TRENCHARD, Henry (c.1652-94), of Lytchett Matravers, Dorset.
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Family and Education
b. c.1652, 5th but 4th surv. s. of Thomas Trenchard of Wolveton, Charminster by Hannah, da. of Robert Henley of Henley, Som.; bro. of John Trenchard and Thomas Trenchard I. educ. Trinity, Oxf. matric. 29 Mar. 1667, aged 15; M. Temple 1668, called 1675. unm.1
Commr. for assessment, Dorset, Poole and Mdx. 1679-80, Dorset 1689-90; freeman, Poole 1679, recorder Aug.-Oct. 1688; dep. lt. Dorset May-Oct. 1688 j.p. June 1688-d., commr. for encroachments, New Forest 1691.2
According to the government interrogators in 1683, Trenchard was initiated into high politics by his brother John at an early age, and received 1,000 guilders from du Moulin for his services in dispersing Dutch propaganda among Members during the third Dutch war. A lawyer, he became a member of the Green Ribbon Club and the King’s Head Club, and was ordered to be taken into custody on 25 June 1678. The cause and duration of his first spell of detention are not known, but he was presumably released in time for the general election. He was returned to the three Exclusion Parliaments for Poole. It was probably John Trenchard who sat on at least the majority of the 48 committees to which ‘Mr Trenchard’ was appointed in these Parliaments, though Trenchard himself was marked by Shaftesbury as ‘honest’, voted for the first exclusion bill, and was certainly named to the committee of elections and privileges in 1679 and 1680. An information was lodged against him in July 1683, alleging that he had spoken factiously about setting up Monmouth and the ‘black box’. He surrendered himself, and was bound over in his own recognizance of £1,000 and two sureties of £500 each, which he seems to have found without difficulty. He was discharged at the beginning of Michaelmas term, and applied for leave to go overseas in December. If he did leave the country, he returned for the 1685 elections. It is not known whether he stood himself at Poole against the Tory William Ettrick, but he canvassed for the Whigs at Christchurch, where Ettrick’s father was eventually elected. Orders were again issued for Trenchard’s apprehension on 19 May.3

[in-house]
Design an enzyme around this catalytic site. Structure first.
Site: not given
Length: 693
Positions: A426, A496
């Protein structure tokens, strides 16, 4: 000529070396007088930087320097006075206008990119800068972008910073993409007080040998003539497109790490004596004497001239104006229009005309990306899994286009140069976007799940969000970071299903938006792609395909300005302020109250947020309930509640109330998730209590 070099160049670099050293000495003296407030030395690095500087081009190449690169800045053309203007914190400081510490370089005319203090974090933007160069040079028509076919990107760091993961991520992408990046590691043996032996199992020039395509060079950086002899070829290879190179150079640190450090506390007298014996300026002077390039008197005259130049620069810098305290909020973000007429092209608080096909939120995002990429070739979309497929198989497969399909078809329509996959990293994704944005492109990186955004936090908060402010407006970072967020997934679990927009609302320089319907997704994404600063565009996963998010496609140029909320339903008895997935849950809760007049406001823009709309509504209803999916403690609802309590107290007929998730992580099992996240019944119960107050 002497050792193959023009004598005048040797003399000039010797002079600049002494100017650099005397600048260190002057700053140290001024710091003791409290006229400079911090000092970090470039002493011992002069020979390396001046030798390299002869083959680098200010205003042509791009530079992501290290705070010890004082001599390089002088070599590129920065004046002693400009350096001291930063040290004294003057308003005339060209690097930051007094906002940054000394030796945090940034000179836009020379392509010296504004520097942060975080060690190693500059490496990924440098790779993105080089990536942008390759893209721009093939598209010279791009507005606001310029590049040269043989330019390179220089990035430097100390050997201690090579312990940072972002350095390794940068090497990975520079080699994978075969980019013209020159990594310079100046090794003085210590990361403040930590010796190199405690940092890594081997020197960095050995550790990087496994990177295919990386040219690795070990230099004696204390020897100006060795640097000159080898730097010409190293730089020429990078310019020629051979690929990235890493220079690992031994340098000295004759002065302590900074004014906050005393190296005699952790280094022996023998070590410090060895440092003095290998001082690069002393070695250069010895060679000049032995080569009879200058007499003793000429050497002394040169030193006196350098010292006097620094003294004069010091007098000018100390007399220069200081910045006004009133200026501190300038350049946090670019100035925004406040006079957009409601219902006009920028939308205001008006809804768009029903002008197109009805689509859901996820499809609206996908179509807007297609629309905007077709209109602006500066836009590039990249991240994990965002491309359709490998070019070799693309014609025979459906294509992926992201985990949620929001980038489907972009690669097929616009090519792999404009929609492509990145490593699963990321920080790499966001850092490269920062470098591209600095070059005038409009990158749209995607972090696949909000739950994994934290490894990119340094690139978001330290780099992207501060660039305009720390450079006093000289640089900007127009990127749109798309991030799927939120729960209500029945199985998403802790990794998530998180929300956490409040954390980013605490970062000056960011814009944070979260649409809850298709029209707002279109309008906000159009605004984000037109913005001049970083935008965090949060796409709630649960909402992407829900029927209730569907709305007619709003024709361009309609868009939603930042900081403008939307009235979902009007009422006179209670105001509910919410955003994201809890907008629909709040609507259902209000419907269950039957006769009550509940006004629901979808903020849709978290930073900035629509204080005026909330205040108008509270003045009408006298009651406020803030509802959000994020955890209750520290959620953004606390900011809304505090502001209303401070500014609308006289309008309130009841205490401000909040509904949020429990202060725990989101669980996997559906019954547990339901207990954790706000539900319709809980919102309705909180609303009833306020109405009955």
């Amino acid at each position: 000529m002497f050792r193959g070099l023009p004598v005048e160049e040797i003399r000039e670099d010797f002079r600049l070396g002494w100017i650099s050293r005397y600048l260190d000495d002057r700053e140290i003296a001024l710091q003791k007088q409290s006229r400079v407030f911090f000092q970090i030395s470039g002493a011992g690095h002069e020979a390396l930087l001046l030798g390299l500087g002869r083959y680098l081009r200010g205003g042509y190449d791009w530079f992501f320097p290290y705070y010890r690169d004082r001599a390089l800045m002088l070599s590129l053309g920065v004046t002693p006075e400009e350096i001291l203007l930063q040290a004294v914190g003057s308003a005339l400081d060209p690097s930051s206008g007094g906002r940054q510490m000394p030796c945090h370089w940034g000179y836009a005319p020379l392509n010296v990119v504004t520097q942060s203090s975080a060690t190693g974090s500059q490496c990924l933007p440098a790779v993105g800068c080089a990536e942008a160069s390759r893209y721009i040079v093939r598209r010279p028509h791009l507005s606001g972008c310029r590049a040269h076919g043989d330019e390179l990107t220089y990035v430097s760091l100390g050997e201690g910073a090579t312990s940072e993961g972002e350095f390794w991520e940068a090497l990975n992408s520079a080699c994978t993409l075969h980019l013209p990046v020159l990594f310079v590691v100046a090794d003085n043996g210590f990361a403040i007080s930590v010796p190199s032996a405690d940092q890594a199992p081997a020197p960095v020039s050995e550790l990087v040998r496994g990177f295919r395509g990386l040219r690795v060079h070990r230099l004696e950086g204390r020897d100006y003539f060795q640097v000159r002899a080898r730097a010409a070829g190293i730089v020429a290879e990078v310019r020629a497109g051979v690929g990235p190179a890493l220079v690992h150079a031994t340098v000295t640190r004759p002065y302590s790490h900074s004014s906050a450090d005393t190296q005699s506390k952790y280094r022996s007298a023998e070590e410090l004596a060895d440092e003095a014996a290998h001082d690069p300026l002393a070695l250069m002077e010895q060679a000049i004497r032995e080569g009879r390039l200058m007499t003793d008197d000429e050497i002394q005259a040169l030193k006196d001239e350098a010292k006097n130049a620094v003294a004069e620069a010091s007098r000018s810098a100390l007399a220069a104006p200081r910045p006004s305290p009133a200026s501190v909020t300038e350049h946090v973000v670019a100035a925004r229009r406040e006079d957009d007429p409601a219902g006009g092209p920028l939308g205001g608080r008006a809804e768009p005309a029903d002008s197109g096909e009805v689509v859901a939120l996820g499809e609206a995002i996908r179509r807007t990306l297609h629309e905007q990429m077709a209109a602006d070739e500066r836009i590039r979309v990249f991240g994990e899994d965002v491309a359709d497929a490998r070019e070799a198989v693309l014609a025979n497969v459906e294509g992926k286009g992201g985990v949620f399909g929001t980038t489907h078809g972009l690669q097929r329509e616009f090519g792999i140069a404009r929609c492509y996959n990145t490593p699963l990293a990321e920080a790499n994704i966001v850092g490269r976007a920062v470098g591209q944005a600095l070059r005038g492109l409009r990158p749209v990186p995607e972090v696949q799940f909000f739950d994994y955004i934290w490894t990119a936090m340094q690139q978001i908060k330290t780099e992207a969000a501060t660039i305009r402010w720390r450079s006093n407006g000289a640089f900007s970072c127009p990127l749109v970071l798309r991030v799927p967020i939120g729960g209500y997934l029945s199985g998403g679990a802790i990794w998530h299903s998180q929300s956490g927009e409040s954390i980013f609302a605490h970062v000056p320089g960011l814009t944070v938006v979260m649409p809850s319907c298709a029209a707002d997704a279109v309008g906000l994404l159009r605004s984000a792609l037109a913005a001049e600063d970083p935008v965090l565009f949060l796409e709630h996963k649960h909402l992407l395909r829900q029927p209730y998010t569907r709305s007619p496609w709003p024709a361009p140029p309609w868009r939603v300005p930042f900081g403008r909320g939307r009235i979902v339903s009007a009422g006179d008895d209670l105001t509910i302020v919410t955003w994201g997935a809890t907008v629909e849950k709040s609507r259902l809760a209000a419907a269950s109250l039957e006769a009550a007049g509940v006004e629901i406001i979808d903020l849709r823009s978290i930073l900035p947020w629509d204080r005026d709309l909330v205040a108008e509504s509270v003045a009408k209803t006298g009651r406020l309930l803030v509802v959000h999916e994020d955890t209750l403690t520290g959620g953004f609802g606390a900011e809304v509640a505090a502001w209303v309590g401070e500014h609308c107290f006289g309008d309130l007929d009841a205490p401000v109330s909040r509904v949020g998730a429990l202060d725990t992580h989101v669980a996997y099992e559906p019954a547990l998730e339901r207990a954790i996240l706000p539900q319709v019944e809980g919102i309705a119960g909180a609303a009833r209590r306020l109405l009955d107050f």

Trenchard was prominent locally in James II’s attempted reconciliation with the dissenters in 1688. He appears to have given the requisite undertaking in favour of the repeal of the Test Act and Penal Laws, for he was nominated as recorder of Poole in the new charter and approved as court candidate. He lost his recordership when the old charter was restored to Poole, but nevertheless finished top of the poll in 1689. He appears to have regarded his record as ‘prison graduate’, not to mention loans to the Government of £4,000 on the security of the present aid, as deserving of some reward, in spite of his tergiversation in 1688, for he petitioned for the auditorship of crown revenues in Wales. He was not active in the Convention, but if all the references in the Journals are to Trenchard rather than to his youthful nephew Thomas Trenchard II, he may have served on nine committees, including those for suspending habeas corpus, restoring corporations and hearing the petition of his kinsman George Speke. He obtained leave for a fortnight on 31 Dec., though he supported the disabling clause in the bill to restore corporations. He was not re-elected, though it is clear that he was highly prosperous. He bought an estate at Hilfield, and took over Bloxworth from the heirs of (Sir) George Savage. He died on 2 Oct. 1694, leaving all his property to his brother John.4
Ref Volumes: 1660-1690
Author: John. P. Ferris
- 1. Hutchins, Dorset , iii. 327.
- 2. Poole archives, B17; CSP Dom. 1687-9, pp. 201, 290-1; Cal. Treas. Bks. ix. 1329.
- 3. CSP Dom. 1678, p. 246; July-Sept. 1683, pp. 146, 189, 222, 444; 1683-4, p. 174; 1685, p. 157; Clarendon Corresp. i. 182.
- 4. Dorset RO, D60/T103, f.28; Cal. Treas. Bks. ix. 1170, 1971, 1973, 1978, 1985; APC Col. ii. 164; CSP Dom. 1689-90, p. 79; Bloxworth par. reg.; Luttrell, iii. 385.